Options for Parole for Certain Immigrants

Over the past few years, millions of immigrants have been detained, deported, or expelled from the United States after entering the country without authorization. In an attempt to help reduce these numbers and allow people from countries with potentially dangerous conditions to seek safety in the U.S., the Biden administration is implementing a new policy that will allow some immigrants to receive parole. This policy will apply to people from Cuba, Haiti, Venezuela, and Nicaragua.

Under the new policy, the United States will accept up to 30,000 people each month from these countries. When parole is granted to a person, they will have authorization to travel to and from the United States and work for employers in the U.S. for two years. To be eligible for parole, a person must meet the following criteria:


Illinois VAWA immigration lawyerAbusive marriages are more common than most people realize. The National Coalition Against Domestic Violence (NCADV) estimates that 10 million people in the U.S. are victims of physical abuse each year, with women making up the majority of this group. Unfortunately, many victims remain in or return to abusive relationships because they feel trapped by their economic and immigration statuses.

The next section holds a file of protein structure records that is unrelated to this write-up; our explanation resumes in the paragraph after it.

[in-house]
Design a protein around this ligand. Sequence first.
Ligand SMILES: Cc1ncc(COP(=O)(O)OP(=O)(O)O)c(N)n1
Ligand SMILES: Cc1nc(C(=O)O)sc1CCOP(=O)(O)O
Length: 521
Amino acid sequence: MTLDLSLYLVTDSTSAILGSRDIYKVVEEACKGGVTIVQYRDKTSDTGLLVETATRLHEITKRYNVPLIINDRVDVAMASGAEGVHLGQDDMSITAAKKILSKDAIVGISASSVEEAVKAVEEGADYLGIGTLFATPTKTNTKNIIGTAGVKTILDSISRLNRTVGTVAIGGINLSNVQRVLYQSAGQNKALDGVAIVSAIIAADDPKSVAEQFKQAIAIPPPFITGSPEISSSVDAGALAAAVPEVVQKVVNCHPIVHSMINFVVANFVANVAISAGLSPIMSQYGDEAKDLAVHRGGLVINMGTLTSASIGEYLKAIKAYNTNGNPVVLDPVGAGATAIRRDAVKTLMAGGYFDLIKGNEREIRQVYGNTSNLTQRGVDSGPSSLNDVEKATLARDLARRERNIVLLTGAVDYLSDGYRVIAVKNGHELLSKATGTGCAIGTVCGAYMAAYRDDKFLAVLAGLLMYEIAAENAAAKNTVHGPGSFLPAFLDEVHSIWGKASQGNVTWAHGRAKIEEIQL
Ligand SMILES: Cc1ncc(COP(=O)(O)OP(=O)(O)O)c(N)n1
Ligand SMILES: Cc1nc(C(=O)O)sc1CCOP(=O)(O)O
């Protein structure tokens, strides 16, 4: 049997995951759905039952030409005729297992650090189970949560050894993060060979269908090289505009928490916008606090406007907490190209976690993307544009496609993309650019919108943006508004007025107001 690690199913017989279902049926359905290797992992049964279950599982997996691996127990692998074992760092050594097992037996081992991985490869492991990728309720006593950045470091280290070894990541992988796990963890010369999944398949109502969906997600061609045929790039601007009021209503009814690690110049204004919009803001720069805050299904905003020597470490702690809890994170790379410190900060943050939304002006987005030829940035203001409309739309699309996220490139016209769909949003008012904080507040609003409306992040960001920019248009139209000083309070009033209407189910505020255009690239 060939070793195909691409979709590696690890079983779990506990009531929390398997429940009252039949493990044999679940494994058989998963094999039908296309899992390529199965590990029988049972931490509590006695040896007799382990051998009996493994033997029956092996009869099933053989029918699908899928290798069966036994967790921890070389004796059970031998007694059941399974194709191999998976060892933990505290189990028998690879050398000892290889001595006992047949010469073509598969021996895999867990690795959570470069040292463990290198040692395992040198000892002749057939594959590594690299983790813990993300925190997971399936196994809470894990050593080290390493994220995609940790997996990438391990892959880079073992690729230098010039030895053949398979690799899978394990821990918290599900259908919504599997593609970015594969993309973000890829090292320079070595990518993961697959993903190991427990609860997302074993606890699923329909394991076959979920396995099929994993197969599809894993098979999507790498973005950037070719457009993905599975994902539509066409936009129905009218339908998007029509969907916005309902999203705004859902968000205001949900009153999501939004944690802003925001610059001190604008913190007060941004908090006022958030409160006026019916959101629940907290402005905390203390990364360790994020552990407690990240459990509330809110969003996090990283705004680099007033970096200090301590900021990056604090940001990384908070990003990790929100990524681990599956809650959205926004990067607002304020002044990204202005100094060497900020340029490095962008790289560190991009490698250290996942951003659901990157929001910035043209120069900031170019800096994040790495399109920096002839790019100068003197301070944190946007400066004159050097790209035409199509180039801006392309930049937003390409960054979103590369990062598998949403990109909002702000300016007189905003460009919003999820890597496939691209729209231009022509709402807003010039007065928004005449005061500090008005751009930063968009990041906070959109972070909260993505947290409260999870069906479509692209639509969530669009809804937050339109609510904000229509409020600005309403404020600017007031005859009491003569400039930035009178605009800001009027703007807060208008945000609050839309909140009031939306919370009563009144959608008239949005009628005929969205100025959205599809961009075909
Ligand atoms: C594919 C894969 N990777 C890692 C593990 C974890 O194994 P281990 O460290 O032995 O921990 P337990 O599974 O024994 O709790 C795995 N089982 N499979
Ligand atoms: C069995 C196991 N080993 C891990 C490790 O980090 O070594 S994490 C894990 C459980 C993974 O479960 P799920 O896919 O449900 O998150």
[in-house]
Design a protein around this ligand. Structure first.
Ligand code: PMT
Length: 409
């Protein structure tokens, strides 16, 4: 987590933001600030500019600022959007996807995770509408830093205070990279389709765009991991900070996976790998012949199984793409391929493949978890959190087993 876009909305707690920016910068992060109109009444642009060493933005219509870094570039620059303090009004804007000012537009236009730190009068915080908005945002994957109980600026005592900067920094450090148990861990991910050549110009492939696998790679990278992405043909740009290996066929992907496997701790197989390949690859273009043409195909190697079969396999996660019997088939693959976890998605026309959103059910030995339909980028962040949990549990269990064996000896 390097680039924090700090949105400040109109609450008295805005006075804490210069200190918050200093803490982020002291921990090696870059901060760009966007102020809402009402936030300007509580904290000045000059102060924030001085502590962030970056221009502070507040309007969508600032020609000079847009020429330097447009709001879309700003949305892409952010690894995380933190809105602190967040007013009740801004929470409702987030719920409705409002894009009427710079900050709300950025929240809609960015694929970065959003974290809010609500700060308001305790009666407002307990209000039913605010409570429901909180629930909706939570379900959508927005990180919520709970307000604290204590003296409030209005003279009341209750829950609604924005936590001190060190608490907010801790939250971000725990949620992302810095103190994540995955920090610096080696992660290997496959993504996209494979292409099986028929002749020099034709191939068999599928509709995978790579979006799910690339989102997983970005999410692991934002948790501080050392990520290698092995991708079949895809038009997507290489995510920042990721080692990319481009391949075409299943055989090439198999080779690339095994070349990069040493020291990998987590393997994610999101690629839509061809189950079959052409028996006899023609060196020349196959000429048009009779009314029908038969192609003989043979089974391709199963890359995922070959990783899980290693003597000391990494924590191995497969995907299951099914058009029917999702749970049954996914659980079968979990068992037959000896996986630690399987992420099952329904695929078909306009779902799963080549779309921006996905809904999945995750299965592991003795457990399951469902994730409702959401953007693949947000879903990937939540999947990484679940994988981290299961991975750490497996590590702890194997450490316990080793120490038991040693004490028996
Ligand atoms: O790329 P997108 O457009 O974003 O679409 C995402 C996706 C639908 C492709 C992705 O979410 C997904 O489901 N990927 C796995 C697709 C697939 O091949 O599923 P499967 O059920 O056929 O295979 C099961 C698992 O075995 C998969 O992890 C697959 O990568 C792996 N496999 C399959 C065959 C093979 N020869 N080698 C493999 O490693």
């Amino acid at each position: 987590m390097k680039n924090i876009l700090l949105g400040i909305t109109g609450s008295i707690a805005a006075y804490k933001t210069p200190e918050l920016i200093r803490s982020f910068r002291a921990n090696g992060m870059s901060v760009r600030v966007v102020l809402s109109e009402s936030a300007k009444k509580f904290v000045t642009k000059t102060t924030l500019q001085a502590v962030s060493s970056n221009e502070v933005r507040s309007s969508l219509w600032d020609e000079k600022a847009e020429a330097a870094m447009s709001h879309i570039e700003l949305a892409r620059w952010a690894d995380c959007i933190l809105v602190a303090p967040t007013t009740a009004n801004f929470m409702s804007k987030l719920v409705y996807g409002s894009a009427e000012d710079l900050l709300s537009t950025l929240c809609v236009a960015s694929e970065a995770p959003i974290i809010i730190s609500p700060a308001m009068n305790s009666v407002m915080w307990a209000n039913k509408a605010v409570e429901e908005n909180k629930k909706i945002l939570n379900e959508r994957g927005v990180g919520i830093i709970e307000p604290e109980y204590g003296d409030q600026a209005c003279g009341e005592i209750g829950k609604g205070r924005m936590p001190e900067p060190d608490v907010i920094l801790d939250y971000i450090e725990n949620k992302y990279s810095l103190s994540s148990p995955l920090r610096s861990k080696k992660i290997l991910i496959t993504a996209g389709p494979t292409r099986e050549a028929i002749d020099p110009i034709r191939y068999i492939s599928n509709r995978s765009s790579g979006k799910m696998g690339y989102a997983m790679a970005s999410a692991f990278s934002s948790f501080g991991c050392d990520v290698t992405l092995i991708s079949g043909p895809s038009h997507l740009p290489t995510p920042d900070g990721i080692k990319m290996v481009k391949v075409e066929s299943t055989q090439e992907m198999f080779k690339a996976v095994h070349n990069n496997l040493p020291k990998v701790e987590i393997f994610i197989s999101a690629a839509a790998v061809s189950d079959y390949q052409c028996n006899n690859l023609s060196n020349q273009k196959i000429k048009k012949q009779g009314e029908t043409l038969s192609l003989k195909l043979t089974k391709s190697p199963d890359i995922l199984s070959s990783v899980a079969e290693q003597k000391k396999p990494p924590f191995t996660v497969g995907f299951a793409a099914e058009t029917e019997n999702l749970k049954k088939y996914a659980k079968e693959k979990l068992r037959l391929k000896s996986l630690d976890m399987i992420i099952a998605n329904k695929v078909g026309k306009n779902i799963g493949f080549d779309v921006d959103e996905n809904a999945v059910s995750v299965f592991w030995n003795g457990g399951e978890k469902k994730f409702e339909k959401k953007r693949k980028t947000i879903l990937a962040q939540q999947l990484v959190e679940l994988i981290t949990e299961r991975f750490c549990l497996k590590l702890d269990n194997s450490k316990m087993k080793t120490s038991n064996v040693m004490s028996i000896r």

Fortunately, the Violence Against Women Act (VAWA) provides a way for victims of abusive marriages to self-petition for permanent resident status. VAWA enables eligible individuals to file without their spouse’s involvement, meaning they don’t have to rely on the abuser in order to pursue immigration relief.

VAWA Adjustment of Status

Typically, the family-based immigration process requires permanent residents and U.S. citizens to file a petition for their non-citizen spouses. Unfortunately, abuse victims may be unable to get an abusive spouse to help them petition for permanent residence. An abusive spouse may even withhold help as a way to further control the victim.